How to write off the cost of a company car as a business expense: A refresher
If you buy an automobile and use it for business purposes at least some of the time, HMRC lets you claim a tax deduction. The deduction could be the full purchase price or a lesser amount, depending on:
- Whether you're considered a sole trader or a limited liability company. Sole traders have to account for personal drives, while limited liability companies don't.
- The car's CO2 emissions. The more your car pollutes the environment, the smaller your tax deduction. You can find out how much CO2 your car emits using the Vehicle Certification Agency's online tool.
- If you buy the car on hire purchase terms, or through a loan, you can also claim the interest on your repayments.
- Once you know the value of your car (purchase price and any interest less any personal use) and its CO2 emissions, you'll need to apply HMRC's writing-down allowances.
Writing off the cost of a company car: Example
Let's say you do business as a limited liability company.In 2015, you bought a car for £20,000, and you paid for it using the company's money. The vehicle emits 85 grams of CO2 per kilometre. Since it belongs to the company, no deduction for personal use applies.HMRC's current writing down allowance for new cars that emit between 75g/km and 130g/km is 18 percent.According to the emission guidelines:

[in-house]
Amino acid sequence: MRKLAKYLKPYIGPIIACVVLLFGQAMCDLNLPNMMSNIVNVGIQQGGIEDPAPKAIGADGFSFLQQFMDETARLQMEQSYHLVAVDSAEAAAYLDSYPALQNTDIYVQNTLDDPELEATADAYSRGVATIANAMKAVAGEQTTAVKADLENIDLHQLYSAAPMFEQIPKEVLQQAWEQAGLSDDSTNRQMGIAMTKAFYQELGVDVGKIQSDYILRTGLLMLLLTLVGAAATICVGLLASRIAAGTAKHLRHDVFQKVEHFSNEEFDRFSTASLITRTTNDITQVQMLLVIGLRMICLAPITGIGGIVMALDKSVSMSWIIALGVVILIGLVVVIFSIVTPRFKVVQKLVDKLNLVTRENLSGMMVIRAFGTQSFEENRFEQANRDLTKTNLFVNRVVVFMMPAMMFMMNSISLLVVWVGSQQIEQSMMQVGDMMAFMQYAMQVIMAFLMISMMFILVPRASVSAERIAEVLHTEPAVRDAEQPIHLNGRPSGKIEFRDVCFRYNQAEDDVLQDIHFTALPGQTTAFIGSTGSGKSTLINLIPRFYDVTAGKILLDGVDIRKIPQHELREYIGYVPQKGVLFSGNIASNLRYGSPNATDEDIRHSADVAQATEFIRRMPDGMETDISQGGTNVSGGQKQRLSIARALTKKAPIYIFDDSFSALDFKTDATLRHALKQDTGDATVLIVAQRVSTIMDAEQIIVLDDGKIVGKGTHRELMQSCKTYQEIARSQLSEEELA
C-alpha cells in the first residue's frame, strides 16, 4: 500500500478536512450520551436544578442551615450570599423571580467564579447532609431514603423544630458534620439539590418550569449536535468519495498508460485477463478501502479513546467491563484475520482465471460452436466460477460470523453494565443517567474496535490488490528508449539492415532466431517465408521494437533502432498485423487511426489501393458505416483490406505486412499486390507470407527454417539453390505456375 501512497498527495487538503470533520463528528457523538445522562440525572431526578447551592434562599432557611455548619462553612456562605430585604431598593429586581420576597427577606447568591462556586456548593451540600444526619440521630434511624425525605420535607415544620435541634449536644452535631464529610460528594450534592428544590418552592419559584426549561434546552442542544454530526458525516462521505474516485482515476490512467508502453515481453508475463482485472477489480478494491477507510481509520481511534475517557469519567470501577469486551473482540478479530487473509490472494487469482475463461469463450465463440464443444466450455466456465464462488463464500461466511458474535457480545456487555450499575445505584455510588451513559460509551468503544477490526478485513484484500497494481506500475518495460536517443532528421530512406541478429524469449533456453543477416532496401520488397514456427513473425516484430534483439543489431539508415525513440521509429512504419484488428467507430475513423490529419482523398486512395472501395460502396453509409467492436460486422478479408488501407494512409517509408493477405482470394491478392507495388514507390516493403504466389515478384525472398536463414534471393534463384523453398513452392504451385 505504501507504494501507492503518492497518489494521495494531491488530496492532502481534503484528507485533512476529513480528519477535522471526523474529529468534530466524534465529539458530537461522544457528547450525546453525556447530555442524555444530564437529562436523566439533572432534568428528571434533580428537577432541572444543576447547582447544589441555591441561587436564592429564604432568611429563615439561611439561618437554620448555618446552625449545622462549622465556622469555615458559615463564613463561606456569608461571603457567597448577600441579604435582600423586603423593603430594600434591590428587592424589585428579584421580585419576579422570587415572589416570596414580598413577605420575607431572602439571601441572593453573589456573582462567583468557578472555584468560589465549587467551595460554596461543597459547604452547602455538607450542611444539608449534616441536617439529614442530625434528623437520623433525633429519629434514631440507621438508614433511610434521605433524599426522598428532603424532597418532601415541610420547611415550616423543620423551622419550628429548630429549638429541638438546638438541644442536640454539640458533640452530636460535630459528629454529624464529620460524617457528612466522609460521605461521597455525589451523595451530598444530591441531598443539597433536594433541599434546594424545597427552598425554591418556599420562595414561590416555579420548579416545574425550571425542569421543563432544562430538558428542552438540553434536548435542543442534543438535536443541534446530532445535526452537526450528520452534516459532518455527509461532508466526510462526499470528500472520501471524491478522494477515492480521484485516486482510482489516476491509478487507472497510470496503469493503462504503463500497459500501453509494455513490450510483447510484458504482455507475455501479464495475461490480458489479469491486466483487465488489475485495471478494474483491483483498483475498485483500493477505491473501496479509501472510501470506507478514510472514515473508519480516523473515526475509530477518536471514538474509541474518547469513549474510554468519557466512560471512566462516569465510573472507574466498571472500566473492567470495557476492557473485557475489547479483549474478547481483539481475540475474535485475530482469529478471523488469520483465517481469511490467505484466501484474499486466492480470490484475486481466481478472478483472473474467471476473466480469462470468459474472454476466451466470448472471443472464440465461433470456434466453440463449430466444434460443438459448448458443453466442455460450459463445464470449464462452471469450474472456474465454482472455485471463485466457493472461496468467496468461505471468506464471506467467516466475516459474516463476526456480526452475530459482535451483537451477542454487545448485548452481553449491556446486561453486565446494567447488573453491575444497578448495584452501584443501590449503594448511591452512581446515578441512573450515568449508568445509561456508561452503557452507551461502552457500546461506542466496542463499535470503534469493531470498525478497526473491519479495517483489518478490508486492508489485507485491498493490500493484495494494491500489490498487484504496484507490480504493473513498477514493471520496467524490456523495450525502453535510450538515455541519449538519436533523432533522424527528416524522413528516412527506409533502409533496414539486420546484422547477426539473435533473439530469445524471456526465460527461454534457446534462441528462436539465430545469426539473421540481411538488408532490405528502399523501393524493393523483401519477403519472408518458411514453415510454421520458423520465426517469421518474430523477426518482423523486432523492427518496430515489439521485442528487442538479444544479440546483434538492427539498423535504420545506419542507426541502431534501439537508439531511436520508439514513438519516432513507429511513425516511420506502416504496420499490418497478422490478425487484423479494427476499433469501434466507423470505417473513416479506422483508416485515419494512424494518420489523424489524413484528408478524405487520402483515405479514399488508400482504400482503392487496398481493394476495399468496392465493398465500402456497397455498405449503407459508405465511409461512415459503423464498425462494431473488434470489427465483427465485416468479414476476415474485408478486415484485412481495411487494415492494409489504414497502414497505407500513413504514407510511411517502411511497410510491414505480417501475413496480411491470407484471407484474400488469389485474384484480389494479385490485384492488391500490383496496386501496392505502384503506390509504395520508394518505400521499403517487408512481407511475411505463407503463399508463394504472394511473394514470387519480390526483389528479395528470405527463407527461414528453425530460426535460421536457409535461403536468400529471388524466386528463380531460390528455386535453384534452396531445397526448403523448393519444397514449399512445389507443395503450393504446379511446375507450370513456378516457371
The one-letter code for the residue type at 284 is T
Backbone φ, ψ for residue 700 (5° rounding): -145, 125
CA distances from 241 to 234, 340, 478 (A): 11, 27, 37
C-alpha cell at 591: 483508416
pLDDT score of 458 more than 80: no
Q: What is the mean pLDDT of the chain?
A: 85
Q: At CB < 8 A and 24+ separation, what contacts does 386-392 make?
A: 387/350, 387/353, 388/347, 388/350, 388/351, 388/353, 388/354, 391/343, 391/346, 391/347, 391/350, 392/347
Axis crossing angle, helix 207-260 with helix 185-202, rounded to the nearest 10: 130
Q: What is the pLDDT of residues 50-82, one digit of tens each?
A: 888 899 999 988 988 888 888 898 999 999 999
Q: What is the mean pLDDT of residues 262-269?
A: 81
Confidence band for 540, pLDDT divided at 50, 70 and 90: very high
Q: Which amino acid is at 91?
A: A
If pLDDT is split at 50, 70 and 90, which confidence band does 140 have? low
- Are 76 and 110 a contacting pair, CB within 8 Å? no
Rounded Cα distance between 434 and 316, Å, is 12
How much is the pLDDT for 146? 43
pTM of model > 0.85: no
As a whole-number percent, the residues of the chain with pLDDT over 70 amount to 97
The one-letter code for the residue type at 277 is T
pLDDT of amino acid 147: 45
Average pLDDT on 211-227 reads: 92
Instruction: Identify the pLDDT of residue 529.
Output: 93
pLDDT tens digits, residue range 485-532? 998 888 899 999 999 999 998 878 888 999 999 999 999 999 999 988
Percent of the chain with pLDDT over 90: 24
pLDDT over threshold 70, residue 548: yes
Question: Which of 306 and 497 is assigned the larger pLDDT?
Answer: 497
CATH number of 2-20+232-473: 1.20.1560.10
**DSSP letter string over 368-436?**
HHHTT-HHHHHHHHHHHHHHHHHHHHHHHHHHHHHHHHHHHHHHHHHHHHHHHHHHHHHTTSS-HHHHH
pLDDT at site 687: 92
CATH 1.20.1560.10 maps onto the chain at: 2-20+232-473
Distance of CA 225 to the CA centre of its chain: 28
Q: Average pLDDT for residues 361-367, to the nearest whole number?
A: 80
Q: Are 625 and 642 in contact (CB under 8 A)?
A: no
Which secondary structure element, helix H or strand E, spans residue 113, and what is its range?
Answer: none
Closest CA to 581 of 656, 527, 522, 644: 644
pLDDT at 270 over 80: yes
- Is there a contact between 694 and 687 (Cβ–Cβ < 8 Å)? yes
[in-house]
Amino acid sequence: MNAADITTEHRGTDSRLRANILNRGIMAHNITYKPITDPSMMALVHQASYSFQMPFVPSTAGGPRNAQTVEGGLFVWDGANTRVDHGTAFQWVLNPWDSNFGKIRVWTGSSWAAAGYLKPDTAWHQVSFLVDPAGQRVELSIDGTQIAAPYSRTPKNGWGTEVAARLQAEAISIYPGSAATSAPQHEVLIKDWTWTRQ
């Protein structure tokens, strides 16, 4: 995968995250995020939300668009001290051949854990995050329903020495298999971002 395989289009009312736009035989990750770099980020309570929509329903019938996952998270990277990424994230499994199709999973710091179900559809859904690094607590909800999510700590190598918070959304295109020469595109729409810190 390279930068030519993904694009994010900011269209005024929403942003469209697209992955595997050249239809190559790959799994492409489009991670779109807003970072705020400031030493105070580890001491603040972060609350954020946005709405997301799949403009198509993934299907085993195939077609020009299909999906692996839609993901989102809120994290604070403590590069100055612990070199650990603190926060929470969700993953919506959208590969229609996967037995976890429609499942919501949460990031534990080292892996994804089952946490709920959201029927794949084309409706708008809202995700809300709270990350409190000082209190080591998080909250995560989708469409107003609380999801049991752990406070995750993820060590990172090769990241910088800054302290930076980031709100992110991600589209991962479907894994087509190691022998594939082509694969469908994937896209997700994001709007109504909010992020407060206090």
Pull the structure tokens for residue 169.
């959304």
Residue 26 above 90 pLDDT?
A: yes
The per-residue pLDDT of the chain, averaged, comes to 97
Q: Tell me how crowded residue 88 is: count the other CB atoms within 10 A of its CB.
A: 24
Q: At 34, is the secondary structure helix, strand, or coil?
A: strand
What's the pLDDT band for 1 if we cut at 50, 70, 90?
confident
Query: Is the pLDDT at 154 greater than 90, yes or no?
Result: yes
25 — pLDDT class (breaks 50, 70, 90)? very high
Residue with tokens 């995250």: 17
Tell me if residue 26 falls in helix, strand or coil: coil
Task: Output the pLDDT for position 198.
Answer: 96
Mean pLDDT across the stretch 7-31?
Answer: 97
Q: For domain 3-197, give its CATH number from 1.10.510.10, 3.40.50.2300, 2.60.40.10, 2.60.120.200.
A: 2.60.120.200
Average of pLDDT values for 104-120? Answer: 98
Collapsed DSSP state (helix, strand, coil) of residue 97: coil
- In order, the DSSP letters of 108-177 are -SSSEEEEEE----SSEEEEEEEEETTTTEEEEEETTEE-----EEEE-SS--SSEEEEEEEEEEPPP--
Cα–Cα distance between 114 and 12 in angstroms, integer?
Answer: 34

- In 2015/16, you'd deduct £20,000 x 18%, or £3,600. As a result of this deduction, your car's written down value, or closing balance would be £16,400.
- In 2016/17, you'd deduct £16,400 x 18%, or £2,952, leaving you with a closing balance of £13,448.
- In 2017/18, you'd deduct £13,448 x 18%, or £2,420.64, leaving you with a closing balance of £11,027.36.
What does this mean for my tax liability if I decide to sell my business vehicle?
Your tax liability isn't just a question of whether you've sold or traded in the car at a profit. You also need to account for any writing down allowances you've claimed in the past.If the car's sale price or trade-in value is higher than your total writing down allowances, you'll have to adjust the allocation, which is called a balancing charge. And this will increase your overall tax bill.
What is a balancing charge?
A balancing charge is the opposite of a writing down allowance. While a writing down allowance reduces your tax bill, a balancing charge increases it.A balancing charge aims to make sure disposing of a business asset doesn't result in you claiming an entitled tax deduction, which may be higher.
How a Balancing Charge Works: Example